Whether you’re an experienced archer or you’re just getting started, one critical mistake you want to avoid is dry firing your bow. This usually happens on accident, but anyone who has ever been around a dry fired a bow knows there are consequences. Not only is there a loud and terrible twang, but you can also damage your bow. Read on to learn about dry firing and how you should avoid this archery mistake.
What is Dry Firing?
Dry firing, also known as dry loosing, is when you draw back and release the bowstring without an arrow nocked. Any type of bow can be dry fired, including crossbows. A dry fire can happen accidentally if your arrow isn’t properly nocked or if your fingers slip on the string. It can happen to anyone, including experienced archers, so don’t be too hard on yourself—just check your bow for damage and try to make sure it doesn’t happen again.
It Could Cause Serious Damage
While many people like to dry fire a firearm for practice and weapon familiarity, you cannot safely do the same thing with a bow. When you dry fire a bow, instead of transferring the harnessed energy of the string into the arrow, your string has to deal with the reverberation once you release. Many people strive to avoid any type of vibration in the string, going so far as to buy dampeners for everyday practice. If even the small, regular vibrations of the string can cause damage to bow parts, can you imagine what type of damage all that extra energy can cause?
The higher the draw of your bow, the more damage a dry fire can inflict. For example, dry firing a crossbow or compound bow is much worse than dry firing a recurve. Some of the most common damage you can expect from dry firing includes:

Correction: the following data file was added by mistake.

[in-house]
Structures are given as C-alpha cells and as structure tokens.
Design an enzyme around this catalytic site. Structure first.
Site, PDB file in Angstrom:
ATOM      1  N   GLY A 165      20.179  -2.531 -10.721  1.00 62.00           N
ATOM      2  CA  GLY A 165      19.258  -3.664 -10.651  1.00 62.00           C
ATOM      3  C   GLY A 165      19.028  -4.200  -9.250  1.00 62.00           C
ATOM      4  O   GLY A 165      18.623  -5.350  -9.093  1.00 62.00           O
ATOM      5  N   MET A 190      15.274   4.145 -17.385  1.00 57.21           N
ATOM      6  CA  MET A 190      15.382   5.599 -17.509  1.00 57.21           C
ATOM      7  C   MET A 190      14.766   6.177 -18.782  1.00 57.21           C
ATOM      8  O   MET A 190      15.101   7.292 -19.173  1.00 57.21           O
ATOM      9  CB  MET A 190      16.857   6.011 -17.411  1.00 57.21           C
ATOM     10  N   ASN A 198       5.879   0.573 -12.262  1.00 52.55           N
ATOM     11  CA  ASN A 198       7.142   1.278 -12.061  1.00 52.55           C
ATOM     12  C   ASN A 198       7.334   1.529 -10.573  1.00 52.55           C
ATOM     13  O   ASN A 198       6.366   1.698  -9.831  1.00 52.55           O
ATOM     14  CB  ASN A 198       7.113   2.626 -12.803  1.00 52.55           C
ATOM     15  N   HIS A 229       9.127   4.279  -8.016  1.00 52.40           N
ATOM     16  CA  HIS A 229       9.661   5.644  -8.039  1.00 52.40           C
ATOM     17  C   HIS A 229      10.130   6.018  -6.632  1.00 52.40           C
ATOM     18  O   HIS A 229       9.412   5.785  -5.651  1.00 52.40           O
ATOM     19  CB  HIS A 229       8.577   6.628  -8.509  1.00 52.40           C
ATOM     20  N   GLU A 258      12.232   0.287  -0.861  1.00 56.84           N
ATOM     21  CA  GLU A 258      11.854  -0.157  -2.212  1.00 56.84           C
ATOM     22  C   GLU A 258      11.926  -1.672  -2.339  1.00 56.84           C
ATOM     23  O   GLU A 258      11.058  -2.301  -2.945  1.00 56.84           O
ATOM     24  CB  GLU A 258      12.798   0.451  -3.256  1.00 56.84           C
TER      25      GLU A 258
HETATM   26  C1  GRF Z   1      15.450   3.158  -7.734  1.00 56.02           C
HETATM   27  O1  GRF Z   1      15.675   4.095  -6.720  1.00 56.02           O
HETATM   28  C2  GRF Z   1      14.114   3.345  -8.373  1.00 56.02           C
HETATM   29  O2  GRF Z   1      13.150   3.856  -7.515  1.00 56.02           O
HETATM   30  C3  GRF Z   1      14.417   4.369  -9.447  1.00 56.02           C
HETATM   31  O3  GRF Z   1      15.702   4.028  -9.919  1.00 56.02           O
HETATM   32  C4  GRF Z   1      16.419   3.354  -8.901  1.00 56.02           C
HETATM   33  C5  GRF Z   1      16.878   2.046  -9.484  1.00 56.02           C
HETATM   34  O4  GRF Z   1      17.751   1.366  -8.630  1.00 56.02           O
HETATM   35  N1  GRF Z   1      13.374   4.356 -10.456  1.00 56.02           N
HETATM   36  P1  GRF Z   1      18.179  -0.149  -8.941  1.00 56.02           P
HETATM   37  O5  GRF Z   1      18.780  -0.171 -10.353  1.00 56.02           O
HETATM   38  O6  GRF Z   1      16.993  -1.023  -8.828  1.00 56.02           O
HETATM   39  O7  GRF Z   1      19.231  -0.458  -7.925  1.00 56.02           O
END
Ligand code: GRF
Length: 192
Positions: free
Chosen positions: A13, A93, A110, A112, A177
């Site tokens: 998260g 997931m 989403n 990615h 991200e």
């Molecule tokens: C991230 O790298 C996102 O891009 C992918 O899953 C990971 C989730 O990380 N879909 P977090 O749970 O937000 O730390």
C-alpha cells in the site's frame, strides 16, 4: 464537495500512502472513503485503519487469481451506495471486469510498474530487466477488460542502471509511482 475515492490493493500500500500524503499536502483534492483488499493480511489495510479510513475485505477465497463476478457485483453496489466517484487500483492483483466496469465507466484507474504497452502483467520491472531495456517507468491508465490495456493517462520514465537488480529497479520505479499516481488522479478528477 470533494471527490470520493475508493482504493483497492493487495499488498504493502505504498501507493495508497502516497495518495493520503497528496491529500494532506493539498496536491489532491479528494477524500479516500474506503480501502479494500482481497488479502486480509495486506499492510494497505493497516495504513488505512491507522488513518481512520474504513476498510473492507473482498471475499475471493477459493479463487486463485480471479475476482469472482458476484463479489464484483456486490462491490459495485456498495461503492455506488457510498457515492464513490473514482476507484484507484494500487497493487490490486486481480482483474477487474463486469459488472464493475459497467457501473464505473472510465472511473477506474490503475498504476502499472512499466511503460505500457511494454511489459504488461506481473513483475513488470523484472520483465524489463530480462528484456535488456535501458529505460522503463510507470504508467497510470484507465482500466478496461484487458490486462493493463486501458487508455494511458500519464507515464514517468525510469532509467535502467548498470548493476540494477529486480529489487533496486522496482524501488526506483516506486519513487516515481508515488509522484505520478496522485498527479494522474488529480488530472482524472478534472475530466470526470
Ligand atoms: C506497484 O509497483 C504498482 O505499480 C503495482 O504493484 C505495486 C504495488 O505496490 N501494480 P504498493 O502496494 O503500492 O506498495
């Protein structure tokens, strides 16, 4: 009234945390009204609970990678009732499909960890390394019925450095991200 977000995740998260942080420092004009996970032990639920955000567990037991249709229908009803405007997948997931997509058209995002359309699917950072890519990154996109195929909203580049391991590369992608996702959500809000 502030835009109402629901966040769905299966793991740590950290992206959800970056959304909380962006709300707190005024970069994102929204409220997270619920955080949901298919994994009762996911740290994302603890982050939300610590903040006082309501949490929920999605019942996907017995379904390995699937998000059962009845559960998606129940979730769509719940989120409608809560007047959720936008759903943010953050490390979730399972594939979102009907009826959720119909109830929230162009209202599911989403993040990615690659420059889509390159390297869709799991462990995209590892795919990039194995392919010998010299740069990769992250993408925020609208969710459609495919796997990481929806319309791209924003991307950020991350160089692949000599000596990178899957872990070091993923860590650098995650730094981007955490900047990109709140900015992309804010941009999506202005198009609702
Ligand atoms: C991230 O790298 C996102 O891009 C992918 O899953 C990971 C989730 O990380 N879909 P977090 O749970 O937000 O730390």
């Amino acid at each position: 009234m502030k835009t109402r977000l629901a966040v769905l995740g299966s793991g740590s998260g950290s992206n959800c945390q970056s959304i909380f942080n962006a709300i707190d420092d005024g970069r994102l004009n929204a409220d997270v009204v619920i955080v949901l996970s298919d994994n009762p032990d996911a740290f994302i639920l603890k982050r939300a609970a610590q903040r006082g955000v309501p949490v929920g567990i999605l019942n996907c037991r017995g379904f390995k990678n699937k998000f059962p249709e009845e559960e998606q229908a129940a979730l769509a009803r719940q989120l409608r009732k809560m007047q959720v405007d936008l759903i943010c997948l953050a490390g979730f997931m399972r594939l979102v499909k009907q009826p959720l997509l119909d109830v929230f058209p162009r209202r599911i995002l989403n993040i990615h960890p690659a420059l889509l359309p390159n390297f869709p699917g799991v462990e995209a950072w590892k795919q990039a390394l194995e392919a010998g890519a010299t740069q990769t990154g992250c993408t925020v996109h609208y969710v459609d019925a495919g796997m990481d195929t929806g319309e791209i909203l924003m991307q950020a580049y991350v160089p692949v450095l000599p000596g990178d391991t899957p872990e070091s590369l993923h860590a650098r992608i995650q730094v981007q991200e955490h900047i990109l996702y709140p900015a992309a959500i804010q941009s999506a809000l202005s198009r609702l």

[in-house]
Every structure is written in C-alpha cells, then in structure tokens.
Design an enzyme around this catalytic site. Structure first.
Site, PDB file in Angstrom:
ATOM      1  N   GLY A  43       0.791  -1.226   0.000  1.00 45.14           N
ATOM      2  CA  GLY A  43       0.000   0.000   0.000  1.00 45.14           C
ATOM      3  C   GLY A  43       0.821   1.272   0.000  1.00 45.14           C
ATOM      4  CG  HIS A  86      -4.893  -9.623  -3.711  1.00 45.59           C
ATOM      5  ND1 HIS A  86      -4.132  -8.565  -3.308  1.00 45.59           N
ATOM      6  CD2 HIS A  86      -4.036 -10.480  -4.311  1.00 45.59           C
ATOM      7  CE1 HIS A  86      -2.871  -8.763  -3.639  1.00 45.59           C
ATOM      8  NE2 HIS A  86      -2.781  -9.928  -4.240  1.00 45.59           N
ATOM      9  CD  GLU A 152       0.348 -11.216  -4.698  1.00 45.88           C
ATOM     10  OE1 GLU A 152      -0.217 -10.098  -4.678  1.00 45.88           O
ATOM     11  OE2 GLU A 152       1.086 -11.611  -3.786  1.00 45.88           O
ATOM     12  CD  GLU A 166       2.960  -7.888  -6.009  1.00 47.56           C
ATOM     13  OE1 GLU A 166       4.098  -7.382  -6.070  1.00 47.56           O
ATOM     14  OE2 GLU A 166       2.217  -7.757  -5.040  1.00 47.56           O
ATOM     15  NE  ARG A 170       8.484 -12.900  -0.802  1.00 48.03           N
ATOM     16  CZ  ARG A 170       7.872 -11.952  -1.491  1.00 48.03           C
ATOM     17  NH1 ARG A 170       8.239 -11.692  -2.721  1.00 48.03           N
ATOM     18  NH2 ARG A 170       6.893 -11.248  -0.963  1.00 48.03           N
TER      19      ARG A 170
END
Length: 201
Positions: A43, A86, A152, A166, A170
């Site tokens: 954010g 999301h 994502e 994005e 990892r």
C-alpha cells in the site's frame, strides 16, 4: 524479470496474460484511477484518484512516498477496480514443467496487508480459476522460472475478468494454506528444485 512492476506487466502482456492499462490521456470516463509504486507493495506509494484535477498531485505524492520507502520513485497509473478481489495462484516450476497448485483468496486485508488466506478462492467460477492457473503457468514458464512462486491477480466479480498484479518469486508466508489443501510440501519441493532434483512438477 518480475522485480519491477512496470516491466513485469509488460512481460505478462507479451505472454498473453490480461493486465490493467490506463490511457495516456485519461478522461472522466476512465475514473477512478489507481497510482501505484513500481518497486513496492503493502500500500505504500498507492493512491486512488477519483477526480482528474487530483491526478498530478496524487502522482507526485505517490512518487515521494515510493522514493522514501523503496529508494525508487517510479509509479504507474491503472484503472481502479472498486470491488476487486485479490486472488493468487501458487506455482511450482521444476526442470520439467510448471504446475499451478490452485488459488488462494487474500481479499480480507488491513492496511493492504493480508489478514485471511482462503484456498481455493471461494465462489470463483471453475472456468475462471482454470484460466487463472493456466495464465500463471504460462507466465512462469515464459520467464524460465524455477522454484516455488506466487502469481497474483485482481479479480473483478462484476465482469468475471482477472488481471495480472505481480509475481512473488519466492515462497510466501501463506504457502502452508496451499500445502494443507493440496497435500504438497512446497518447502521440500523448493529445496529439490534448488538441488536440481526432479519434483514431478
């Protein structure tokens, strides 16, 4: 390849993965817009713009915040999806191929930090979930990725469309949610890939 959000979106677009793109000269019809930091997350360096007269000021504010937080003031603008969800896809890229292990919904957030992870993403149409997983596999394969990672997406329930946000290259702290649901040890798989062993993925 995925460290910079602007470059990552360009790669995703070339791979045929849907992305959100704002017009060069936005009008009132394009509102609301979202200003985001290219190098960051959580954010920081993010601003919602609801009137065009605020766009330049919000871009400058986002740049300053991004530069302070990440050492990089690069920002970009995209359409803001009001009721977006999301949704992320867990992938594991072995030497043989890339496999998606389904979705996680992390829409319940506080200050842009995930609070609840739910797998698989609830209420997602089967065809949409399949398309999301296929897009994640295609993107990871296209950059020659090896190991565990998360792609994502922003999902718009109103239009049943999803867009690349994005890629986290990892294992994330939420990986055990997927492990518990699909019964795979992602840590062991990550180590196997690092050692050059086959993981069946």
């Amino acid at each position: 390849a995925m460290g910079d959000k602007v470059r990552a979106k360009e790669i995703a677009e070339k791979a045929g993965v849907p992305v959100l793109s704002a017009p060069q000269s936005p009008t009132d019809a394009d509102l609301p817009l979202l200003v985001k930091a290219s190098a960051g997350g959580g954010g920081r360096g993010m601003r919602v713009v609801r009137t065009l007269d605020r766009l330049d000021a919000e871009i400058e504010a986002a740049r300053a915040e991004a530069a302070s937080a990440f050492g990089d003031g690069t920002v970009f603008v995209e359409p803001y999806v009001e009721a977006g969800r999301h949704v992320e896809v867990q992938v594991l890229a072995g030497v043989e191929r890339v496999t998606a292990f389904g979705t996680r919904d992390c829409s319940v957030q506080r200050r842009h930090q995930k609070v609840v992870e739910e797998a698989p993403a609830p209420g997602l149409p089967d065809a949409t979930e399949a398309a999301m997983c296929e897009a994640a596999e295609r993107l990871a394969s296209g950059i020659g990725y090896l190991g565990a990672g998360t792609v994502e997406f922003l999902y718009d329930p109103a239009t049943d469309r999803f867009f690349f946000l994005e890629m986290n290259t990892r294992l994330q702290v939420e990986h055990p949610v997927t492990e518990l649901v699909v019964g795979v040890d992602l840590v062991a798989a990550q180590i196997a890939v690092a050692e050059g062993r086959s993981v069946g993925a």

- Warped Cam Tracks
- Bent Cams
- Derailed Bowstring
- Broken Bowstring
- Splintered Bow Limbs
Your Bow Could Literally Explode
If the only damage to your bow after a dry fire is a derailed string, you can probably consider yourself lucky. Minor bow damage is far from the worst thing that could happen. Dry firing a crossbow, compound bow, or recurve bow could cause a literal explosion! Plastic or wood parts flying through the air, metal pieces becoming shrapnel, and a tightly coiled string lashing back at your face—these are real possibilities as a result of a dry fired bow.
What To Do After A Dry Fire
After a dry fire, you want to complete a full inspection of your bow to ensure there is no damage. Heavier draw bows are more likely to sustain damage from dry fires, so check those meticulously. Make sure you don’t miss anything by taking your bow to an archery shop for a more comprehensive inspection.
Have questions about dry firing your bow? Reach out to our staff shooters today for expert advice.